Overview Edublogs webinar – “Free & Easy”


This Edublogs Fine Focus session (recording here) was a spin off from the previous week’s Serendipity session where one of our topics assessing with technology. Because all of my students are off-campus literacy students who access resources through the learning management system (LMS) I am always on the lookout for ways to include interaction in their work. Most interactive content lends itself well to a role in assessment – usually formative in my case but with the potential to be integrated into the learning management system and recorded. There are three free and easy to use applications that are my main tools and this session is an overview and comparison of some of their features.

The Session

As is usual when I present a session the first thing I did was to get some idea where everyone was “coming from” on the tools we were comparing, ARED, Hot Potatoes and eXe. This revealed that the majority were fairly unfamiliar with all three.


The three tools are all free to download.

After a brief introduction to the tools we used Application Share to take a look at some examples of the types of interaction/assessment activity that can be built with each of the tools. Throughout this main part of the session there was a lot of text chat interaction with a variety of questions about the tools.

All three of They all originated through funded projects in different parts of the world and have been around for some time. So they don’t have the latest “bells and whistles” in terms of interaction options. I use all three tools because they have different interaction types available, although this has its downside in having three different looking products and needing to remember three sets of “how to”.  ARED, Hot Potatoes and eXe can all be saved in different formats including SCORM objects enabling them to be integrated into an LMS such as Moodle or Blackboard.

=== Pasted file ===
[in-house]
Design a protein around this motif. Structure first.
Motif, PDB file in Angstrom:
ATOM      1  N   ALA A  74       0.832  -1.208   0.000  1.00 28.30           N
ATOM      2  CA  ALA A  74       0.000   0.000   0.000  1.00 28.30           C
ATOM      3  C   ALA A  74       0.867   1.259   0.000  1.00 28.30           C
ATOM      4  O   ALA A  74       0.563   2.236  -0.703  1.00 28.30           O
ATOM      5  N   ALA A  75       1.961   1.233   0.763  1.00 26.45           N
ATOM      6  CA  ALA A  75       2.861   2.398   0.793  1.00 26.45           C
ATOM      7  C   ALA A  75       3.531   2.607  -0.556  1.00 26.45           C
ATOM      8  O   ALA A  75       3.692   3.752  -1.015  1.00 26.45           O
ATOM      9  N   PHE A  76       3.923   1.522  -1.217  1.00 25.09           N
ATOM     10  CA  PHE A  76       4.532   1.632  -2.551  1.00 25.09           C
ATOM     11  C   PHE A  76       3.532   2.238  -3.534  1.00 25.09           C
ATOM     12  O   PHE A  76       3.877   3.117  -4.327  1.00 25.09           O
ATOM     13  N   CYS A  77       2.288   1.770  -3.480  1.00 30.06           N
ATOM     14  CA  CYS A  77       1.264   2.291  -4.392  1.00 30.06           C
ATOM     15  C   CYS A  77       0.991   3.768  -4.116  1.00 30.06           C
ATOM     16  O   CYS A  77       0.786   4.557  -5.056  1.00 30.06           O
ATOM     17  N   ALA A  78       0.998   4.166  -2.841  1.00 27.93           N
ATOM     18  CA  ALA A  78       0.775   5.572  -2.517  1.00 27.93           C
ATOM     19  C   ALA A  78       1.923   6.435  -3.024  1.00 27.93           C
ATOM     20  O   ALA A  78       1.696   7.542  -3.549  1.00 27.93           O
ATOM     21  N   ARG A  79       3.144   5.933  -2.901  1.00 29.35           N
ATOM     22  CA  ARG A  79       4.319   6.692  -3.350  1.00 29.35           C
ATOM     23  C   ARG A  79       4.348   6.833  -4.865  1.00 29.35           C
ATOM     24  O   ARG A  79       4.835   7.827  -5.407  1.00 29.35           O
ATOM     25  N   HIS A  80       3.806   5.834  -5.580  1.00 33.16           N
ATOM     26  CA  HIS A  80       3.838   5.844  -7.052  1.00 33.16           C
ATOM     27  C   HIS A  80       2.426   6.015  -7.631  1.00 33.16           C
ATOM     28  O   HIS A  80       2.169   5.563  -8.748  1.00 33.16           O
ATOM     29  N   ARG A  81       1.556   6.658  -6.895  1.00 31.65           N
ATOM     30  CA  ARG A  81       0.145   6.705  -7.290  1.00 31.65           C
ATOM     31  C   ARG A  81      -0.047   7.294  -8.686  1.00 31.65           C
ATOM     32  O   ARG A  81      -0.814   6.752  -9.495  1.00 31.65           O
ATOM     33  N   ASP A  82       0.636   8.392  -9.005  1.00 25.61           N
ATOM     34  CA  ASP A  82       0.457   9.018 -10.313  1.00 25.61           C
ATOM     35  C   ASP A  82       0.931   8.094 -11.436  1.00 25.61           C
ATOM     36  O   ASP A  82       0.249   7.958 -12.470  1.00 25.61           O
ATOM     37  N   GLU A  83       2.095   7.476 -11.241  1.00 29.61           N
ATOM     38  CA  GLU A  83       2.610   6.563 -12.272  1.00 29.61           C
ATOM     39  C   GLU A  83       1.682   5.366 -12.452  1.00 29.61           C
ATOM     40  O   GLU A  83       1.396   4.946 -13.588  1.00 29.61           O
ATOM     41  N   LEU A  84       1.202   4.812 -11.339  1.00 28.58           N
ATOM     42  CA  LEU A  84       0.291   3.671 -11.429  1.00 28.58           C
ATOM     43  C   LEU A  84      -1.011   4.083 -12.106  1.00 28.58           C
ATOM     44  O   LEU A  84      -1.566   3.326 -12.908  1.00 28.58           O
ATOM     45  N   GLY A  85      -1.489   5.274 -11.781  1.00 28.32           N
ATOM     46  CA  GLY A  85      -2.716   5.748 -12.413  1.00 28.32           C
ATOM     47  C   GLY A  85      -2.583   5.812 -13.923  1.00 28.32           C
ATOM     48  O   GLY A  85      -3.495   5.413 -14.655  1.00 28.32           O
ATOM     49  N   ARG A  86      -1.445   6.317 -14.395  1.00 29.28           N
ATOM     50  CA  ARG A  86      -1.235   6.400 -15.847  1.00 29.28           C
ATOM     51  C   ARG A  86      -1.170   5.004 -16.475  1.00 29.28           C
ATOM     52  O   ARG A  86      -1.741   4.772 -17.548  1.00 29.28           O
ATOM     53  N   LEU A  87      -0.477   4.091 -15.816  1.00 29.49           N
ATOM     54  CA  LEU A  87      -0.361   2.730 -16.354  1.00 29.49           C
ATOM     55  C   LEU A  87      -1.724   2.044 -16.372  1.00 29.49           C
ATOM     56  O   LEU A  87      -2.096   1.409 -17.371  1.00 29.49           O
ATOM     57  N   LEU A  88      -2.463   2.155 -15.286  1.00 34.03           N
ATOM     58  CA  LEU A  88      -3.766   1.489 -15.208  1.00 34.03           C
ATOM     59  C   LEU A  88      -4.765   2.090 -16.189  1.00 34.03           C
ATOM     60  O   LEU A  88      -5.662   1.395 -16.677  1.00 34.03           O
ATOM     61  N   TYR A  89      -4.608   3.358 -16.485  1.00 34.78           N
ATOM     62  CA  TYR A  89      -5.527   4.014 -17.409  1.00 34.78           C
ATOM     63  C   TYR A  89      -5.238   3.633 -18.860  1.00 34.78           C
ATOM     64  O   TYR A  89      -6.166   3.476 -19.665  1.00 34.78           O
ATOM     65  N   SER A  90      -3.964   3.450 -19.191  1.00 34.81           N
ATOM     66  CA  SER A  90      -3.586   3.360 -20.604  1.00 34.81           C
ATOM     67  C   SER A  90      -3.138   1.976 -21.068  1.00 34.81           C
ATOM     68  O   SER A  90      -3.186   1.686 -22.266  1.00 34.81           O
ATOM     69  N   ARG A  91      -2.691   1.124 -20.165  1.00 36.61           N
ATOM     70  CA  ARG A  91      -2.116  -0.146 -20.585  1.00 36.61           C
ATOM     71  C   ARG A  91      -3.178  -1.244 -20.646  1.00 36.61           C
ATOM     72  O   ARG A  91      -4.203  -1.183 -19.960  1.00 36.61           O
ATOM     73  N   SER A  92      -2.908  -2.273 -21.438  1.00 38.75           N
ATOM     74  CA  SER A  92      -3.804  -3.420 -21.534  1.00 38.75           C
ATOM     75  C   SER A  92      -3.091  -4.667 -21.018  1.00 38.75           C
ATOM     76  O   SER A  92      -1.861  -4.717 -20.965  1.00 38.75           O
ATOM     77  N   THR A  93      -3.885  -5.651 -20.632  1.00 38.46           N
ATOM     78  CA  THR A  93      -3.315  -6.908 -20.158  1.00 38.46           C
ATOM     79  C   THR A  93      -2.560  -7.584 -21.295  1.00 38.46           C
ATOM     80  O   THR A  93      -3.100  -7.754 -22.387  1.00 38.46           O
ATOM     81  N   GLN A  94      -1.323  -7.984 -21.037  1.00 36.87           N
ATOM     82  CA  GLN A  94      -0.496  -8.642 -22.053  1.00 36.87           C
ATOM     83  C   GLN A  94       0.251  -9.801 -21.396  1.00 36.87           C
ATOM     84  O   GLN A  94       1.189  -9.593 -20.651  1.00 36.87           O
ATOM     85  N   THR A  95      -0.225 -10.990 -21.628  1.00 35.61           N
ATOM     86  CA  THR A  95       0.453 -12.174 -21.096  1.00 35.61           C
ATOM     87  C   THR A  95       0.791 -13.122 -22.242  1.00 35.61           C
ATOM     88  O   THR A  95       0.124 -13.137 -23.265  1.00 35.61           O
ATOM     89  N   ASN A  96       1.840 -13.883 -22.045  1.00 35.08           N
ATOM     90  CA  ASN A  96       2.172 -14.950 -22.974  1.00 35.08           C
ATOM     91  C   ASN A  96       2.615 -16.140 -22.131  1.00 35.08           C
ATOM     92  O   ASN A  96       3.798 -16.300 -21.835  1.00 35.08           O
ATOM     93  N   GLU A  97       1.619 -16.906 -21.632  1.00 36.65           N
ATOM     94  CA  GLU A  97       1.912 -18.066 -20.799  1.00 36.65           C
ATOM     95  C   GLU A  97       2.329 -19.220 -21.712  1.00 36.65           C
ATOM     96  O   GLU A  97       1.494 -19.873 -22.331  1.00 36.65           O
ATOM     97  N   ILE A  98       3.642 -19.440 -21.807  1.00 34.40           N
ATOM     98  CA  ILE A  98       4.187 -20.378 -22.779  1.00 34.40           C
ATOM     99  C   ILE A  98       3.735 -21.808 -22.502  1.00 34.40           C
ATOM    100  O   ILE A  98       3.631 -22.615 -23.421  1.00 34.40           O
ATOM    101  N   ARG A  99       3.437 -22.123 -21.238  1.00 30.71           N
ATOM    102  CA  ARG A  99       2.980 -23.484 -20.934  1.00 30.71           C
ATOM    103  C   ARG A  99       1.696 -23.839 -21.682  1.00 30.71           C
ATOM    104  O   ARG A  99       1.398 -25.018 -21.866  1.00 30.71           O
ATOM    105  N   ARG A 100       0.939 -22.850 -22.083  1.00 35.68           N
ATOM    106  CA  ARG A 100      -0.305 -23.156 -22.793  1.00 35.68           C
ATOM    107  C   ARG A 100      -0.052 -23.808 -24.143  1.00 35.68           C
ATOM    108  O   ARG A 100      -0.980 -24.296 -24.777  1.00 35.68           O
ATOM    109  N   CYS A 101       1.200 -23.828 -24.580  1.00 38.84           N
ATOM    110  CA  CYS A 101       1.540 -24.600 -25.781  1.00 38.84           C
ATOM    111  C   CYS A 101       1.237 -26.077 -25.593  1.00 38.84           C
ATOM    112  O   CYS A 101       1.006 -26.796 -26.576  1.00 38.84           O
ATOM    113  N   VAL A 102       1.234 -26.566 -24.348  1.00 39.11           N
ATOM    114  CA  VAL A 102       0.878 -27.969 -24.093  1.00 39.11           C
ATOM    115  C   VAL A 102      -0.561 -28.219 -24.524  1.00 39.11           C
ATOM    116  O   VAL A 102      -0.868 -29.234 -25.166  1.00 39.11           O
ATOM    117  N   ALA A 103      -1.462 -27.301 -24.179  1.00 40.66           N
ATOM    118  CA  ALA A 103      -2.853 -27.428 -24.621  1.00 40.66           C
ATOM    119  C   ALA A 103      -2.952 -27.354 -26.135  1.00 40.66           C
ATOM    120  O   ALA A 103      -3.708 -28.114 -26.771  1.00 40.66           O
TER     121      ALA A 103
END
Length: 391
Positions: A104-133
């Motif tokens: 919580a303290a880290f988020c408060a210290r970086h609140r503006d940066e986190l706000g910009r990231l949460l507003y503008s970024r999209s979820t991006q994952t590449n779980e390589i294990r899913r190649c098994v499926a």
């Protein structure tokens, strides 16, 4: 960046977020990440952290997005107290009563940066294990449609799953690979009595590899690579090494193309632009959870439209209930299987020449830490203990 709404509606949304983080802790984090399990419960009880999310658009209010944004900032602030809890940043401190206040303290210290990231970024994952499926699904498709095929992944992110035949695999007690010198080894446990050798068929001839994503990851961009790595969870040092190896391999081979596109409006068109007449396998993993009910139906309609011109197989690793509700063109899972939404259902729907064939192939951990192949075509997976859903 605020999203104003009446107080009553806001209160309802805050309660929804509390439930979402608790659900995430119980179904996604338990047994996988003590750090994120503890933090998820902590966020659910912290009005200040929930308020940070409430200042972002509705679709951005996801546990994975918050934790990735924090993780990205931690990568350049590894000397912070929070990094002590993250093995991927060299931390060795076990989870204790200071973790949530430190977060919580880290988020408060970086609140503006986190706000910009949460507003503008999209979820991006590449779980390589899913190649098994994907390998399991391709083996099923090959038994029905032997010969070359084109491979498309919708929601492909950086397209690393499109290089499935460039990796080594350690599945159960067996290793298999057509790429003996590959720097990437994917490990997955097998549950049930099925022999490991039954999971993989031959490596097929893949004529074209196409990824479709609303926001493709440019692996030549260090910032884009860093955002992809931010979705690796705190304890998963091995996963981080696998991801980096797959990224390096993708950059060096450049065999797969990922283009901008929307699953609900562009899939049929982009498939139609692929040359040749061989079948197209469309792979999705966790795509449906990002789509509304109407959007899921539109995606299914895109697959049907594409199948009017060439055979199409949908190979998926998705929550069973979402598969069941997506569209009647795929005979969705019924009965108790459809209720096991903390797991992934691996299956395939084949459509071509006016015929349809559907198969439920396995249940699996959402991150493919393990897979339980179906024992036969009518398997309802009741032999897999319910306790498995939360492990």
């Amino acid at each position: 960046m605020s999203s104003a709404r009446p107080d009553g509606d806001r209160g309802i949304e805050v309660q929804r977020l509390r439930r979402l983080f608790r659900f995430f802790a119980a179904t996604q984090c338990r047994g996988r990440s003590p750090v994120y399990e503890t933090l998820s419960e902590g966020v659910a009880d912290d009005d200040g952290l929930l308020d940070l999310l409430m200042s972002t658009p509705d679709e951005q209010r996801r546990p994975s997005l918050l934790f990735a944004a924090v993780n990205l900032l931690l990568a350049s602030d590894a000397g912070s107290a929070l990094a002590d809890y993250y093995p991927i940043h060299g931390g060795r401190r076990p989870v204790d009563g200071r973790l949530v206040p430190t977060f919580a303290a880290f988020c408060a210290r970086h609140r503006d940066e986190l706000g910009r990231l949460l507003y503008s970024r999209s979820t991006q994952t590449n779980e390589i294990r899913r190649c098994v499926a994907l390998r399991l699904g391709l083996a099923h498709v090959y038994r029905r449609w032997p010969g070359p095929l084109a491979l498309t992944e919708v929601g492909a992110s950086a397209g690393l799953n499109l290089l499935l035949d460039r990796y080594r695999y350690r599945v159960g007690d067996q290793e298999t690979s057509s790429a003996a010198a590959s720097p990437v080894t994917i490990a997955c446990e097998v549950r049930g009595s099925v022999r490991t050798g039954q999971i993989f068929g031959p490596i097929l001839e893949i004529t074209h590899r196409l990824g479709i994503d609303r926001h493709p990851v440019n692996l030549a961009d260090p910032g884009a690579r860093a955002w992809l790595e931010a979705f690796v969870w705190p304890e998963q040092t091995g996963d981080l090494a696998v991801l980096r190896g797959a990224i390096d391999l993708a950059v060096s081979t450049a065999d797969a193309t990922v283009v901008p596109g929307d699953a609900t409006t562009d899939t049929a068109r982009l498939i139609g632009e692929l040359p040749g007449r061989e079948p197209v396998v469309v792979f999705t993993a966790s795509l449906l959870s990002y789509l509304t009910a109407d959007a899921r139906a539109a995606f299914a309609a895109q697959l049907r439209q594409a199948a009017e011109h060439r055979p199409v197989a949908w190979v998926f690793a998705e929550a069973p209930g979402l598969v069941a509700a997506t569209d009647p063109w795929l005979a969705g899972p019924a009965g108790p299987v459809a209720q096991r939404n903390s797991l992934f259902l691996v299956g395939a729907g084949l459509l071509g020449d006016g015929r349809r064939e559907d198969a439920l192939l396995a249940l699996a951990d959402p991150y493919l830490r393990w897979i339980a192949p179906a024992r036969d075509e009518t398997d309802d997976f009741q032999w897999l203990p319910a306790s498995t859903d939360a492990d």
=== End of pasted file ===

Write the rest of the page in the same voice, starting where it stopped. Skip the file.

I personally find these three tools very useful because they are easy to use and I don’t have to worry about licensing issues if I have copies on several different computers.


This session was very interactive (mostly in text) despite the fact that I felt I talked too much! I’m not sure whether it is possible (in the limited time) to avoid a relatively large amount of talk from the person presenting. I do try to leaven this by using application sharing and picking up questions from text as I go, and I hope that this is reasonably effective.

Next Week

SerendipitybsmallOur next Webinar is an Edublogs “Serendipity” session, one of our fortnightly unconference sessions where we invite you to bring along your “hot topics” and “burning issues” for our poll on the topic of the day. If you want to propose a topic in advance then visit the Serendipity Wallwisher and add your topic. Then join us on Thursday Oct 28th at 23:00 GMT/UTC (7pm USA EST, Midnight BST) or Friday Oct 29th at 1am CEST,7am West Aus, 10am NSW, depending on your timezone – in the usual Elluminate room

In the Future

If you are a regular visitor to our webinars you will know that we alternate “Fine Focus” sessions on specific topics with “Serendipity” the unconference sessions where we choose a topic by poll at the start of the session. Sometimes the very fact of being asked for “hot topics” or other ideas for discussion or learning tends to make our minds blank. This has prompted me to start a Serendipity Wallwisher for topic suggestions. Please visit the wall and add your ideas for Serendipity topics so that we have more choices to consider. Some of these ideas might also form the basis for future “Fine Focus” sessions.

Webinar overview – Feed Learning With a Hot Potato